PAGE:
Finally, neo-liberalism has brought additional ways of extracting profit from human misery. McLean County has outsourced communication services to a private corporation, Inmate Communications Solutions (ICS) Advanced Technologywho charge exorbitant prices to poor individuals who already can’t afford a bond payment. Currently, it costs $7.50 for a thirty minute video visitation and .25¢ per minute for phone calls. The contract between IC Solutions & McLean County guarantees the County 72% commission on phone call revenues, and 50% commission on all video calls. This means: the more inmates in the jail, the higher communication revenue becomes. Of course, part of the charges gets funneled to the jail budget.

While Sheriffs & Counties are profiting off of human misery, people languish in jail for months or years while they await their day in court. According to the Brennan Center, “Research finds that those jailed pretrial are four times more likely to be sentenced to prison compared to those released before trial. Jailed defendants are quicker to plead guilty after experiencing horrific conditions. They therefore often decide to plead guilty to a lower charge and accept fewer years behind bars rather than roll the dice at trial on a higher charge carrying more time — even if they could win in court.

It is goes against the fundamental principles of the constitution that innocent people are being forced to plead guilty to crimes they did not commit merely because of accusations made by the state.

There is a solution, one that replaces money bail, with pre-trial services. The Pretrial Services Act, currently being considered in the Illinois Legislature, abolishes the money bail scheme along with all the profitization that comes from defendants that can’t pay their ransom. The PretrialServices Act instructs judges to prioritize decarceration over incarceration, unless the defendant is a legitimate threat to a specific, identifiable person or is a substantial flight risks.

Furthermore, the act states,

There shall be a presumption that any conditions of release imposed shall be non-monetary in nature and the court shall impose the least restrictive conditions or combination of conditions necessary to reasonably assure the appearance of the defendant for further court proceedings and protect the integrity of the judicial proceedings from a specific threat to a witness or participant. Conditions of release may include,but not be limited to, electronic home monitoring, curfews,drug counseling, stay-away orders, and in-person reporting. The court shall consider the defendant's socio-economic circumstance when setting conditions of release.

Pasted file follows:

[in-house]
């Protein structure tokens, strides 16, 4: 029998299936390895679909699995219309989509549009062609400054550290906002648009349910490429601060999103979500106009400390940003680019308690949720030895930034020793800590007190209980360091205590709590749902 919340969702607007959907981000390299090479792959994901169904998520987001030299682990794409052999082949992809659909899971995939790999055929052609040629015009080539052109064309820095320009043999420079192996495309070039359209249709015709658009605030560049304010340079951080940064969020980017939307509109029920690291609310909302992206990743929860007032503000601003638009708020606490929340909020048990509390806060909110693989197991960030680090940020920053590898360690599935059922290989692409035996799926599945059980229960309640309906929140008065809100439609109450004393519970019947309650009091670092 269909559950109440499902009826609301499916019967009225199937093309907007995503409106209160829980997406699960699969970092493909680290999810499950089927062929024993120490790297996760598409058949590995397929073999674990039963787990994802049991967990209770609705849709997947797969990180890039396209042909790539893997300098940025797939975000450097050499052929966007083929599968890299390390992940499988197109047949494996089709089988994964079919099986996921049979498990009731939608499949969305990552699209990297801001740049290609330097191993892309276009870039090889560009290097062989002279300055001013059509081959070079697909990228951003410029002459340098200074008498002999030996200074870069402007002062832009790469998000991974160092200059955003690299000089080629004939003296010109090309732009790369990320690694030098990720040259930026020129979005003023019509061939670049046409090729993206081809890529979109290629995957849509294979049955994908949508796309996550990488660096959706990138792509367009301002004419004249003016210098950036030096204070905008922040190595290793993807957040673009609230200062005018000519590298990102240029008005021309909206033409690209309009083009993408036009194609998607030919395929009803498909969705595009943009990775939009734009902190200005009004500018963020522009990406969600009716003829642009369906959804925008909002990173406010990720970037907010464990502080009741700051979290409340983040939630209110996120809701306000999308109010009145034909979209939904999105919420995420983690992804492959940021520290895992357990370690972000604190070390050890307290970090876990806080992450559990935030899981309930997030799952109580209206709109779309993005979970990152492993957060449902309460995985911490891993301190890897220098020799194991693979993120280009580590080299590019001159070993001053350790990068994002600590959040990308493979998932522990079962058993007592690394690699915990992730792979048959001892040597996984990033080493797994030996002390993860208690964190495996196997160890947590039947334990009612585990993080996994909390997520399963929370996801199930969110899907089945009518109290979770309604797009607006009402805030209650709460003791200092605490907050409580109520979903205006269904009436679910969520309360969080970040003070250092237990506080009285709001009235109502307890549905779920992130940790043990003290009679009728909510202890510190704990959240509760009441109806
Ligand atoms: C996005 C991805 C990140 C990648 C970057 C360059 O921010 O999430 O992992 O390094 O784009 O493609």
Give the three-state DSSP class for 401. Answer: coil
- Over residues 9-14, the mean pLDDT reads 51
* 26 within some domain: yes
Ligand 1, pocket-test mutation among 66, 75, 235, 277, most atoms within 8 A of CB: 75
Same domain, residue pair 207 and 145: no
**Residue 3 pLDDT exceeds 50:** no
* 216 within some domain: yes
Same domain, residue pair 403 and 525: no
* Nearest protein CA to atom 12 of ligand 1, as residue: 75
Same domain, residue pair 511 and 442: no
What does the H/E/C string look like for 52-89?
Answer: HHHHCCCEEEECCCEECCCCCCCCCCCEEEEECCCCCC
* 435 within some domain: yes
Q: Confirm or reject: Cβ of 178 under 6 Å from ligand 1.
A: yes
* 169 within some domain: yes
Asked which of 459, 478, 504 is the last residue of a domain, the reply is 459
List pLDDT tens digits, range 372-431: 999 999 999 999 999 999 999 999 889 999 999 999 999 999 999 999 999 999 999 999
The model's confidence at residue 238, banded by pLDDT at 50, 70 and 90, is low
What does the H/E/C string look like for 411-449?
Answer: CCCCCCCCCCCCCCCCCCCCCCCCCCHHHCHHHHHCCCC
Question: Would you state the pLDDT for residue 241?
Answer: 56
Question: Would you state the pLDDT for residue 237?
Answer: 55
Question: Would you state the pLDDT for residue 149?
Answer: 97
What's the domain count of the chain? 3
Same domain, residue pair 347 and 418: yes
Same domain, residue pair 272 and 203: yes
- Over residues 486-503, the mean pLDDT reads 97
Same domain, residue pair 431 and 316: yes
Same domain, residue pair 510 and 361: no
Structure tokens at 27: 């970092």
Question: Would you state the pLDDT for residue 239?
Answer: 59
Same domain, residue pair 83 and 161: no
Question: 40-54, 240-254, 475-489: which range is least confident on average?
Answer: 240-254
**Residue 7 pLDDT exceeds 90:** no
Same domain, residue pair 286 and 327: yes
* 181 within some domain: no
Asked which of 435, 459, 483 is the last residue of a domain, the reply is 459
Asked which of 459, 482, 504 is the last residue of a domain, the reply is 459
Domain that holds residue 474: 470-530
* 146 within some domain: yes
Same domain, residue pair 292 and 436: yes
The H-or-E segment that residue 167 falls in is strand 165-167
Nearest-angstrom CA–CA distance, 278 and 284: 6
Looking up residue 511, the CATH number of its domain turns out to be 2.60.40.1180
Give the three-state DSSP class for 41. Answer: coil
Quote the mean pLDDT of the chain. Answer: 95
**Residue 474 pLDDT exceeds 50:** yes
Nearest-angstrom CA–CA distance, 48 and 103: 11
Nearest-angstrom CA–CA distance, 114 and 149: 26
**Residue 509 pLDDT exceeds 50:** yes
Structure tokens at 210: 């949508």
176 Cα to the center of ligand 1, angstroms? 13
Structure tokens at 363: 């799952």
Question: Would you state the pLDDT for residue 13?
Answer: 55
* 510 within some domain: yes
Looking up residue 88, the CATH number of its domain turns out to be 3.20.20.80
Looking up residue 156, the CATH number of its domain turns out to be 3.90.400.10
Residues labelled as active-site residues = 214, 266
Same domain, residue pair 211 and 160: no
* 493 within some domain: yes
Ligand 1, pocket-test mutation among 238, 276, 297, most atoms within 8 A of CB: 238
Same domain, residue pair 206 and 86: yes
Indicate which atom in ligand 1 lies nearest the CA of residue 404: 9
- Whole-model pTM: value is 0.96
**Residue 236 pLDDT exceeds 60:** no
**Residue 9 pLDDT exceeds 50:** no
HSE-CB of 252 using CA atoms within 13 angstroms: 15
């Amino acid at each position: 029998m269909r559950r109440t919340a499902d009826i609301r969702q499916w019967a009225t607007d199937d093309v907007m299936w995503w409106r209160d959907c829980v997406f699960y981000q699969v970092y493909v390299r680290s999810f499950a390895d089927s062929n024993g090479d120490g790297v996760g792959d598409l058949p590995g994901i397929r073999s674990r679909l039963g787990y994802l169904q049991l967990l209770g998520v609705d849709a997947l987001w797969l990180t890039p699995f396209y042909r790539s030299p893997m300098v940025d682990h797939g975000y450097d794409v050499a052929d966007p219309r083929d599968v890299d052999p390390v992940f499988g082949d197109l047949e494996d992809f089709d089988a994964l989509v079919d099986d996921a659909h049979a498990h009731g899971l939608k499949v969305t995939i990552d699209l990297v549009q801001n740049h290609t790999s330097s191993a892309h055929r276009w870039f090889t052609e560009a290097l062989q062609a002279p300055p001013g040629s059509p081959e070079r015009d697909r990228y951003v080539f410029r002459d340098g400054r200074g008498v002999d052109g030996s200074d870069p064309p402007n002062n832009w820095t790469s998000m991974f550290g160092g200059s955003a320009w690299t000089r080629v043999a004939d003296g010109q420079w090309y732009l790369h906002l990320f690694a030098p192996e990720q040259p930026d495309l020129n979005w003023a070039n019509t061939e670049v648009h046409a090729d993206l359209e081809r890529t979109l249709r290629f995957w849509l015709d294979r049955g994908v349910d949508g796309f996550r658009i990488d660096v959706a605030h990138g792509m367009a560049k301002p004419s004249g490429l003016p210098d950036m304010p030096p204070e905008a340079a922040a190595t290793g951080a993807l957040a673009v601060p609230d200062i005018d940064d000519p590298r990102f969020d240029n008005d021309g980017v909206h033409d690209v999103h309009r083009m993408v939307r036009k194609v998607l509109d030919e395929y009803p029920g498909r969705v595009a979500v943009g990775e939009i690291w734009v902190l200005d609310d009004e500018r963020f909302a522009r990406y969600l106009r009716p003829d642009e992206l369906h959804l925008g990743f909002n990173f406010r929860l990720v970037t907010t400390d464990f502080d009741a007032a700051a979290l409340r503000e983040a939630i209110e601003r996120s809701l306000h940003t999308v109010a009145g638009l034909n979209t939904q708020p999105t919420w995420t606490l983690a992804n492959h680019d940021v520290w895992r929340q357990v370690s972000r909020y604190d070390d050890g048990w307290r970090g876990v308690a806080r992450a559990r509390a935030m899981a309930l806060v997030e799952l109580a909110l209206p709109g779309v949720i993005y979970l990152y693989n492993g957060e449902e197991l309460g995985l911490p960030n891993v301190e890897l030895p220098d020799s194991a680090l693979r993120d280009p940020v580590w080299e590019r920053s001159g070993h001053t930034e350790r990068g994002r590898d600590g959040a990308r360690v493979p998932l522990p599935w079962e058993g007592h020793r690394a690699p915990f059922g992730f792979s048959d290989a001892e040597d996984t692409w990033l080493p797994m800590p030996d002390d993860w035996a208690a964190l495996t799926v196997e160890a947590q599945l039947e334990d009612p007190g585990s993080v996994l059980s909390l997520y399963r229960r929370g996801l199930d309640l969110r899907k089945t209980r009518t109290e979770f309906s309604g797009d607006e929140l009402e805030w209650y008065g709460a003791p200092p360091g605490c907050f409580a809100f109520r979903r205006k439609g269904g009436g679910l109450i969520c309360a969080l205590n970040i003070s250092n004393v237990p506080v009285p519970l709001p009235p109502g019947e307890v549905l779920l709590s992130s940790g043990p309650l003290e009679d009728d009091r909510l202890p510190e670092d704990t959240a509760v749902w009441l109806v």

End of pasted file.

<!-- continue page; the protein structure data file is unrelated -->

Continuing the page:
With the COVID-19 global pandemic, law enforcement agencies across the country have decreased the amount of people who are incarcerated after an arrest by giving them summons to appear in court to address their alleged crimes. The pandemic has shown us that incarceration is not essential, especially for low-level offenses. The Pretrial Fairness Act actually gives police officers more discretion in who is incarcerated and who is merely given a summons after an arrest. Typically, police departments incarcerate everyone for every offense accept for non-criminal municipal & traffic violations. The Pretrial Fairness Act would encourage the practice of releasing individuals after an arrest and issuing a summons for most crimes. If the arresting officer doesn’t believe the arrested individual is a danger to themselves or others, the officer can decide to release the individual. At the same time, if the officer believes the individual is a threat, they can still incarcerate that individual, and a judge will decide whether to release the individual pending trial.

This act does not just abolish money bail, it also replaces it with pretrial services. These services include court reminders, check-ins, drug tests, and assisting people with transportation. Should someone unintentionally miss a court date, the Pretrial Fairness Act also reforms the warrant process. Currently, a judge must issue a warrant for immediate arrest. If the Act passes, the individual will be notified and given the chance to appear voluntarily, avoiding unnecessary arrests and saving valuable court & jail resources.

Finally, the Pretrial Fairness Act mandates that counties report pretrial information to the state so the data is transparent. Currently, individual counties are allowed to decide what information they want to keep and what they don’t making it difficult to approach pretrial issues empirically and reducing accountability to the public. The Act changes this.